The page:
The second subscription features some real stunners as well. The unique improvising trio of Insa Donja Kai (Kai Angermann / Insa Schirmer / Donja Djember ) have appeared on several Hauschka albums, while veteran musicians in their own right. Here their dual cellos and resonant vibraphone meld seamlessly with composer Angus MacRae‘s plaintive piano. Collaborating virtually between Berlin and London, they have transformed the process of collaborative recording to produce 20 minutes of gorgeous music. Anna Rose Carter (Dead Light, The Moon Ate the Dark) and Dag Rosenqvist (the other half of the aforementioned A Winged Victory for the Sullen) explores various moods, occasionally quite rhythmic and uplifting. And well, you’re not going to want to miss out on Julianna Barwick and Rafael Anton Irisarri‘s contribution, as Barwick’s looped vocalization have found a perfect partner in Irisarri’s production and guitar. And my own personal favorite from this batch is Kinbrae and Tony Dekker (Great Lake Swimmers), as Dekker’s one-man choral singing and melodic folk guitar is complimented beautifully by the twin brothers soft brass, percussion, and other instrumentation.
Attentive readers who have been following THESIS’ progress over the past year may have noted that Thesis 06 and 08 are thus far absent. They had previously been announced to be due from Sophie Hutchings & Kevin Imbrechts, and Colin Stetson & Gabriel Saloman, each intriguing pairings that are sure to be worth the wait. Keeping up the momentum, Euclide has just recently announced Simon Scott (of Slowdive) & Mike Weis (of Zelienople), and Sophie Hutchings & Julia Kent.
The four-EP subscription series have been punctuated by the THESIS Print Tracks, which comprise a parallel series in which the artists produce a track in response to a unique image prepared by Euclide, furthering the dialogue between visual and aural artforms.
We discuss these projects and more below. Read more about the label and subscribe here. (Joseph Sannicandro)
Can you introduce yourself and tell us a bit about your background? As an artist, and also as a music fan?
I grew up in Wisconsin in the rural area north of Milwaukee. I was very much a wonderer and loved to be alone in nature, walking the fields between farms and playing in the marshes. I developed a real love for music, like many, in grade school. The Cure, REM, the Smiths … usual suspects. I was into the music that very few were into, Bauhaus and the likes.
I was always into drawing, mostly from nature, but also very influenced by Surrealism. I went to school to be an art teacher, and ended up being the College Union director for programing as well as the editor of the Arts section of the Newspaper. I had no courses in journalism. I mostly wanted the music that would come in the mail and to be able to report on shows. I was calling Caroline records, Too Pure and Sub Pop asking for the latest releases. I found a lot of the bands I loved that way. I was getting promos for these important releases before I was even aware that they were going to be so important. Anyways… I was kind of a nut with like 2000 CDs in my dorm room.
Tell us about your artist practice, where you’re at now, how you approach a project. I’ve really enjoyed the time-lapse process vids on your instagram. [Readers, I’d really encourage you spend some time viewing these videos] Is your work generally in this vein, or are there other currents?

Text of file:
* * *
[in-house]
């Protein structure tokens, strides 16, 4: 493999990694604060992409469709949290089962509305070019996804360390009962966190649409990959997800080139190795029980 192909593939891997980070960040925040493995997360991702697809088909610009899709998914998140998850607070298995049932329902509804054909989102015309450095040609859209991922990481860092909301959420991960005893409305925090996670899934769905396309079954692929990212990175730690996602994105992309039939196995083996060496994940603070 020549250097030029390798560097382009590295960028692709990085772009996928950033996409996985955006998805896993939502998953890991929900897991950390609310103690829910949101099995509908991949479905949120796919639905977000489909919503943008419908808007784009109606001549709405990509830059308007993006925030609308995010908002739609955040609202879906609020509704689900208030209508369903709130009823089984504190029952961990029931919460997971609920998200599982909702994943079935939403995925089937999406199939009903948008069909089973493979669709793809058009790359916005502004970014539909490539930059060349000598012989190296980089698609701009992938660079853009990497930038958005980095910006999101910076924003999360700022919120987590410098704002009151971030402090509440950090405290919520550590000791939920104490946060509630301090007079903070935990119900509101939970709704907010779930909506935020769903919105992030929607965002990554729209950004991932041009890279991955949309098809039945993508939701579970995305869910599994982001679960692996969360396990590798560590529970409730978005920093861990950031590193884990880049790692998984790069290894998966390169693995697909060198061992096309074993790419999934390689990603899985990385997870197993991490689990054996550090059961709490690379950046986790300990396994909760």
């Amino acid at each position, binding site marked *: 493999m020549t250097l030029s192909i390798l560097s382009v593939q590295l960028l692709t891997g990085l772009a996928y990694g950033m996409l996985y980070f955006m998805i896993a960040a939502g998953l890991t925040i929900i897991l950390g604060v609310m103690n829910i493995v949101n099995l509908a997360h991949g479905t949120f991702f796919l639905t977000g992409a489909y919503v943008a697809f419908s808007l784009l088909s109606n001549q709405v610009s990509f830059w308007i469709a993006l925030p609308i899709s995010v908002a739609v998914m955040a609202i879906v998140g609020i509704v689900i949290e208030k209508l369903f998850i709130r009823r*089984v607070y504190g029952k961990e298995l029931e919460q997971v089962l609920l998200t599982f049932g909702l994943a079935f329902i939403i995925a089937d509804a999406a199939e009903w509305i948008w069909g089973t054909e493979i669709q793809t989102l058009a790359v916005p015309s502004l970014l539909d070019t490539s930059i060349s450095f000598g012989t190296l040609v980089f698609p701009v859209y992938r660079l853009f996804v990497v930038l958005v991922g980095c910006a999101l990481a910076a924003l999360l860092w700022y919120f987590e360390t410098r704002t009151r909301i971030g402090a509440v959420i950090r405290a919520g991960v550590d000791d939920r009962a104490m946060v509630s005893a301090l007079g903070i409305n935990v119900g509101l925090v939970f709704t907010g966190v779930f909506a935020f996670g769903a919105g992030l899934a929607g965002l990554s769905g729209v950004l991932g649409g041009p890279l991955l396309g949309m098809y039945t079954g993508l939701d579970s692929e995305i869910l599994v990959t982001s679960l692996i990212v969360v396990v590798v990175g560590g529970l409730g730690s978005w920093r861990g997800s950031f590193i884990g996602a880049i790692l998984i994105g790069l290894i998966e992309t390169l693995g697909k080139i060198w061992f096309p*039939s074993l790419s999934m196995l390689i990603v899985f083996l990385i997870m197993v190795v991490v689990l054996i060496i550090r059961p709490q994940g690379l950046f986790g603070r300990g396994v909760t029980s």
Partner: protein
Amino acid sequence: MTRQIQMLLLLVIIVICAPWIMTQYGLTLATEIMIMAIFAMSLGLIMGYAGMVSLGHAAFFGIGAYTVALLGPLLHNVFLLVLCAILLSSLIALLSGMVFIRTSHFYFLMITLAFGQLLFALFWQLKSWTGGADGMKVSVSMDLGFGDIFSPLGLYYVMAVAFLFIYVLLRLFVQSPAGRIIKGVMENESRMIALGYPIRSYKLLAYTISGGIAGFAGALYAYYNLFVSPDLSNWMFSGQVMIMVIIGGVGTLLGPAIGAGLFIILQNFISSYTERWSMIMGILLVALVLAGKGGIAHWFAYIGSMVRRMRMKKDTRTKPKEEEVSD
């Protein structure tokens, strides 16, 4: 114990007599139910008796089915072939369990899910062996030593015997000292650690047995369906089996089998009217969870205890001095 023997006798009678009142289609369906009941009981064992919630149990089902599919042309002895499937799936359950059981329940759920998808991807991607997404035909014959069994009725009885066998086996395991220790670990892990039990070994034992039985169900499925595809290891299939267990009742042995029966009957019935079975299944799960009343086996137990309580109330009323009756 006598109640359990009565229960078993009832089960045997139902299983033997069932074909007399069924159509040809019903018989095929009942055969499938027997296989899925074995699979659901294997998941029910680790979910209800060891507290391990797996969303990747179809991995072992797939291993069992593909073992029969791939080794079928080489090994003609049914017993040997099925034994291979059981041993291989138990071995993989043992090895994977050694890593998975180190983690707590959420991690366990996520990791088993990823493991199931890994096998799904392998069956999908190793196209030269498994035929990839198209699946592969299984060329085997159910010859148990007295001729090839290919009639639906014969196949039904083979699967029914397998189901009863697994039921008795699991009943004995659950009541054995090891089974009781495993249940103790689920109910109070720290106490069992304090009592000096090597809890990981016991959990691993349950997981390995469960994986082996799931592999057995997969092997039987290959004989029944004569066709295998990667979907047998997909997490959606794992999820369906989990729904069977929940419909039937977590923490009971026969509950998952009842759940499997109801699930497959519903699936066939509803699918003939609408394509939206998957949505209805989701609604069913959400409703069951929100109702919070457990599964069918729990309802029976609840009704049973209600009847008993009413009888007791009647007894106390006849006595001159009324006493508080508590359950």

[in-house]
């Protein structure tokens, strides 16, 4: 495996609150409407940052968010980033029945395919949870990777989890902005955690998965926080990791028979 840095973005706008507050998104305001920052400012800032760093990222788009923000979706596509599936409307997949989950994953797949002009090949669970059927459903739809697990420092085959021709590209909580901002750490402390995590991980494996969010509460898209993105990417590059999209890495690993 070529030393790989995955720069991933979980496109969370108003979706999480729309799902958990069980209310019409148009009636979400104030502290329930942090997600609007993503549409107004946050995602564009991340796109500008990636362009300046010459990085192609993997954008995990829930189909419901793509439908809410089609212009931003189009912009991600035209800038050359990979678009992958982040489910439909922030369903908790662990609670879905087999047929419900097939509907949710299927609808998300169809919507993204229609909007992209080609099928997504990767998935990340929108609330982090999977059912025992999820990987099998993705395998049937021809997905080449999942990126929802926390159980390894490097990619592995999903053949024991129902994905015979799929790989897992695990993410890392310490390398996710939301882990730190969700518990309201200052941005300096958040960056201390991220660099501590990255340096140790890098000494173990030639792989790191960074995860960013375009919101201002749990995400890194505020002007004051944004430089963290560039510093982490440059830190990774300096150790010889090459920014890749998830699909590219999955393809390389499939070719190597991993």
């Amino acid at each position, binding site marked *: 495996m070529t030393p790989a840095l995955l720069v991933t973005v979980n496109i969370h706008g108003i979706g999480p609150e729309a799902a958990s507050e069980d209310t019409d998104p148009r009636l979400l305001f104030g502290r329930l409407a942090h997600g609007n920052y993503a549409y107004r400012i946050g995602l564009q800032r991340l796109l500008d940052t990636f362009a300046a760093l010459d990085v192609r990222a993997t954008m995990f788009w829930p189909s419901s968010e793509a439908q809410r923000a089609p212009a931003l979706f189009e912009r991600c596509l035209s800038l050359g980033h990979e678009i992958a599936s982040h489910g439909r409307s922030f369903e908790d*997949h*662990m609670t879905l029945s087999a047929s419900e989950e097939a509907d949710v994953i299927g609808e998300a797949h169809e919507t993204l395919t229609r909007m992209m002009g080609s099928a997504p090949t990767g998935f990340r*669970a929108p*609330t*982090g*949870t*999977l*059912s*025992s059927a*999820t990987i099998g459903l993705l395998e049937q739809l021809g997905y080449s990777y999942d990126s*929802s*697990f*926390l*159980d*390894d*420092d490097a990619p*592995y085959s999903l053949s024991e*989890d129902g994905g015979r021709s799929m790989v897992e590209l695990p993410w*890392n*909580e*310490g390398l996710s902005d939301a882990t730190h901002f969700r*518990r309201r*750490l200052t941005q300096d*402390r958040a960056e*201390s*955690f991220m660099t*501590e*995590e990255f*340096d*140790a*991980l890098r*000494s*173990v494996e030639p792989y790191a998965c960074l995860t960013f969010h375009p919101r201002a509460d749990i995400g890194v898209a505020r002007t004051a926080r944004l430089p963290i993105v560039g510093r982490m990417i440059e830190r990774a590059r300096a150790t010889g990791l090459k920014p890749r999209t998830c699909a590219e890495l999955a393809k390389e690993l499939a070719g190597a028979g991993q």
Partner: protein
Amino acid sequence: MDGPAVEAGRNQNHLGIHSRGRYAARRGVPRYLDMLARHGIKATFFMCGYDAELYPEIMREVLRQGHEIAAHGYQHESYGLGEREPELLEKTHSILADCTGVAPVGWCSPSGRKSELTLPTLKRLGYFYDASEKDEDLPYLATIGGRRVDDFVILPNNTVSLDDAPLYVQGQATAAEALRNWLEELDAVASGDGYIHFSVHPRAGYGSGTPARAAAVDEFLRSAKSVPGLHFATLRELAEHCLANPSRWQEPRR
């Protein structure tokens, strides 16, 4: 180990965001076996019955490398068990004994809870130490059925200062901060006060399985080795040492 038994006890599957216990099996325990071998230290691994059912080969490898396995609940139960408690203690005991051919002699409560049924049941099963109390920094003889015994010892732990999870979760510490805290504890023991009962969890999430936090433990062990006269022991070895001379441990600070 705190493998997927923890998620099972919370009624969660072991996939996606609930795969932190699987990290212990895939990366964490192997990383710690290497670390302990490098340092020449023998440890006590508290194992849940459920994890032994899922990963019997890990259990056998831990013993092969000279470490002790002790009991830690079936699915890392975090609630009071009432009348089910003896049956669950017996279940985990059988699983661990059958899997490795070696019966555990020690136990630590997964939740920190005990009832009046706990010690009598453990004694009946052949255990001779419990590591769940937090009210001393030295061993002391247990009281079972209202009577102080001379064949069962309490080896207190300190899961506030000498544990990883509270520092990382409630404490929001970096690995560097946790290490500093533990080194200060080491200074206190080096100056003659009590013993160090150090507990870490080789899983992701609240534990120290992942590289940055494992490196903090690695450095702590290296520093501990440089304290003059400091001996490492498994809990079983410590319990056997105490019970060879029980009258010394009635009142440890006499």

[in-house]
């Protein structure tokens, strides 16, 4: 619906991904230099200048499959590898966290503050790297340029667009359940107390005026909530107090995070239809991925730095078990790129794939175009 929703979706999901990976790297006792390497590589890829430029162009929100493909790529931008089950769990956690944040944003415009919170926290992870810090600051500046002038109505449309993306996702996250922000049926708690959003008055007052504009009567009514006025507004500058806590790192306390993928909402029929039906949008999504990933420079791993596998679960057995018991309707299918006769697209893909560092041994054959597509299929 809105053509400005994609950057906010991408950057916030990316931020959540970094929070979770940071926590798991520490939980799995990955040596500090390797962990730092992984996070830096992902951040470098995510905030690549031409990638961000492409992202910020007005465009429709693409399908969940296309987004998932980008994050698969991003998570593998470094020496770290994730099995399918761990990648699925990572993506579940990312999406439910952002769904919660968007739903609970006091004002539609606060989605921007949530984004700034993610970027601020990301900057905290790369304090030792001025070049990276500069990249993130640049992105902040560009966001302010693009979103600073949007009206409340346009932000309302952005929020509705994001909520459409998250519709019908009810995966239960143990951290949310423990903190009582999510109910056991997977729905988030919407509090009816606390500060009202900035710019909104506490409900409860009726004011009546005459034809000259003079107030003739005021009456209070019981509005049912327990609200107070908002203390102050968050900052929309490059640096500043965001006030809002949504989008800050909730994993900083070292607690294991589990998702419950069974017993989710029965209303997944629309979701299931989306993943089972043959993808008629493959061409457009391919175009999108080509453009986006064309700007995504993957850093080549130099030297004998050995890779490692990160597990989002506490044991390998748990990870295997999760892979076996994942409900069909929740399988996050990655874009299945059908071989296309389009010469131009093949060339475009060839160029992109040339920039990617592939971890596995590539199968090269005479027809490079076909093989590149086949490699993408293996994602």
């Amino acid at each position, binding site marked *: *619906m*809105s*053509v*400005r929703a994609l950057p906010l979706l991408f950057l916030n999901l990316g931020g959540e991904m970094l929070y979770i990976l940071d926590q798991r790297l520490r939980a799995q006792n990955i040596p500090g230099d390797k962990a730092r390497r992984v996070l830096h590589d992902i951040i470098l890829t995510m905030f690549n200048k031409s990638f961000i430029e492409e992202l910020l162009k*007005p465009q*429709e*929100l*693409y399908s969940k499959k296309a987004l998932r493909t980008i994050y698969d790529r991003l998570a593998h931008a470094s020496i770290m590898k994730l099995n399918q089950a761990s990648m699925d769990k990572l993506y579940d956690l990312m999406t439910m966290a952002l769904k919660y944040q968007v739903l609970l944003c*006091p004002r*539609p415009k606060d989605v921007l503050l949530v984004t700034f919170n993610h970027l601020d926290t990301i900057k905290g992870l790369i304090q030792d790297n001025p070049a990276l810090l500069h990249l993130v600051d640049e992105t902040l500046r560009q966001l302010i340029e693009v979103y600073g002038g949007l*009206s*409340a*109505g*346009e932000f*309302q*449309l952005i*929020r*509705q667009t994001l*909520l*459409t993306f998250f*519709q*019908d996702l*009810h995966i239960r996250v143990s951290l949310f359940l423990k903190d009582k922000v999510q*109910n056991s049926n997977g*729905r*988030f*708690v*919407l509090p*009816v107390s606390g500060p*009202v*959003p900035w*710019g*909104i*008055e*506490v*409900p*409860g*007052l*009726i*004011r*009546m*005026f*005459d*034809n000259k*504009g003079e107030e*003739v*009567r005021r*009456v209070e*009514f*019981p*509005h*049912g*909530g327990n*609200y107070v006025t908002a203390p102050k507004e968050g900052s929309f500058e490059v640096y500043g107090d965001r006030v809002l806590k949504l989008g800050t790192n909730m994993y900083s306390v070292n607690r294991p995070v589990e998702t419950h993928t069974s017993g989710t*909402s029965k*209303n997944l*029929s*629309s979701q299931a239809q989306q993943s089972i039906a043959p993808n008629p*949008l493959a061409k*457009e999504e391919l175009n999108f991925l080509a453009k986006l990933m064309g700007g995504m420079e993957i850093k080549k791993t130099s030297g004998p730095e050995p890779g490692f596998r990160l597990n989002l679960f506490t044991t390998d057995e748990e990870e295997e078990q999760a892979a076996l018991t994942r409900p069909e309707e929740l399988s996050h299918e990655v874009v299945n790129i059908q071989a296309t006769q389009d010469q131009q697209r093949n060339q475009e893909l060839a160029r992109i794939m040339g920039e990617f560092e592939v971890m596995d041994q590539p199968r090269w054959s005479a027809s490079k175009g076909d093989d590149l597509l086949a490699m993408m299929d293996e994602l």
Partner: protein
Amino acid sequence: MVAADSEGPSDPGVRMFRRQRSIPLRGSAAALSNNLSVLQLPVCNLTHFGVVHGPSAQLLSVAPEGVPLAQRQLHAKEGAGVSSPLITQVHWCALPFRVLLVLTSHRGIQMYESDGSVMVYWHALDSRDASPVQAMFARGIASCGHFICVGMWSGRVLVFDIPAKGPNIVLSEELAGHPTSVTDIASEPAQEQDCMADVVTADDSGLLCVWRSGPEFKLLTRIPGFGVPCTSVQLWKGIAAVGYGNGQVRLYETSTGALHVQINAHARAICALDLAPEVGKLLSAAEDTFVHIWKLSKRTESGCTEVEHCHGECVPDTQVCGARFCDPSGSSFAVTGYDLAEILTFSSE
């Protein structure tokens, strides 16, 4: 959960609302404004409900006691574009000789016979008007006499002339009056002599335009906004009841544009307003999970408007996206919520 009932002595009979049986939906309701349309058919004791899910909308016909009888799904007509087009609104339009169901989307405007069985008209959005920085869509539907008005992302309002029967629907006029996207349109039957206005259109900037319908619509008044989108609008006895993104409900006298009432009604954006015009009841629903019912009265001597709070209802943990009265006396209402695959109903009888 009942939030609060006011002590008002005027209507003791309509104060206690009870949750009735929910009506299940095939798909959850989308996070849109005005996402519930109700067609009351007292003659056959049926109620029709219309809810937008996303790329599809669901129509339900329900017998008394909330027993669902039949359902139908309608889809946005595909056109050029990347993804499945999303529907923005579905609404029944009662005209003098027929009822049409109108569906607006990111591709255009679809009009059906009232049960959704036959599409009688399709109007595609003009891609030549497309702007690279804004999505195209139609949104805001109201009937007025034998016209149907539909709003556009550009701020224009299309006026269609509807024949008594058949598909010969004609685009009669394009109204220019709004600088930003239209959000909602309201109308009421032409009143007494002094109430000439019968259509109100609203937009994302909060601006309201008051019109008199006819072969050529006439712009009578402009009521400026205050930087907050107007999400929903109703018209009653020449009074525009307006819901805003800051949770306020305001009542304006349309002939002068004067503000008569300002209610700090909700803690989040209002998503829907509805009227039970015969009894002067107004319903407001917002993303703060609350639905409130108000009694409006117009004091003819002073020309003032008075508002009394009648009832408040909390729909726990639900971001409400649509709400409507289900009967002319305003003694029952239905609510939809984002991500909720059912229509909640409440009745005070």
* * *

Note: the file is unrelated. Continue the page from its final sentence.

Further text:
Since I have never spoken about the THESIS stuff I can answer those with you here.
I could not build 300 paintings for the covers of each album. I knew I wanted to design them from scratch. SO, the sleeves and jackets are cut, etched, folded, glued and printed all in my studio. I wanted each work to be unique, so, I figured I had to work with modular elements. I made stencils from the artists graphics that I made for each artist on the project – took bits of the imagery and expanded on it and used those things to create the images. I really like the grainy look of the airbrush and the monochromatic feel of the image.
As far as how I work on a project… it really depends on the project. I do not subscribe to a one approach fits all kind of model. I’m really all over the place… Pouring resin on the land, making paper sculptures, building plastic landscapes for miniature worlds to be housed… finding garbage in the land and building on top of them… as well as just straight up painting and or drawing.
I’d like to ask about the relationship between your work and music. Do you play music in your studio while you’re working? Have these artists been a direct source of inspiration for you?
All the artists I have worked with so far have been huge influences for me and my work. My work is about land and land use… how we perceive and experience land. When I am in the land… I feel/hear music. it is music for me… the closest connection to anything for me is music. I am glad I have the distance to experience something like music without really knowing much about how it is made… I just stand in awe of it. So, yeah… Basically, I make art, to get money to purchase music. I love making things that feel like music to me. In my work, there is a line and a fluidity of materials and a repetition that is obviously “music” to me… I like different types of music.
I have a range of emotions as a human being and therefore enjoy a variety of types of expression in music. I get a kick out of people who are like… I ONLY LISTEN TO … I like folk, drone, jazz, rock, hip hop, whatever… if it is good.. or does something different that makes me wonder… what the hell is that… then, I usually like it. Music is a vehicle and it can take you places and I guess as humans we all like to go to certain places. I like to melt into the earth and become nothing… I think the music I like the most does that to me. So, I tend to really hold dear the kind of repetitive, organic, drone stuff. Right now I am listening to Aaron Martin’s Comet’s Coma and I think it is one of those albums for me. It takes me to a place where I am can slow down.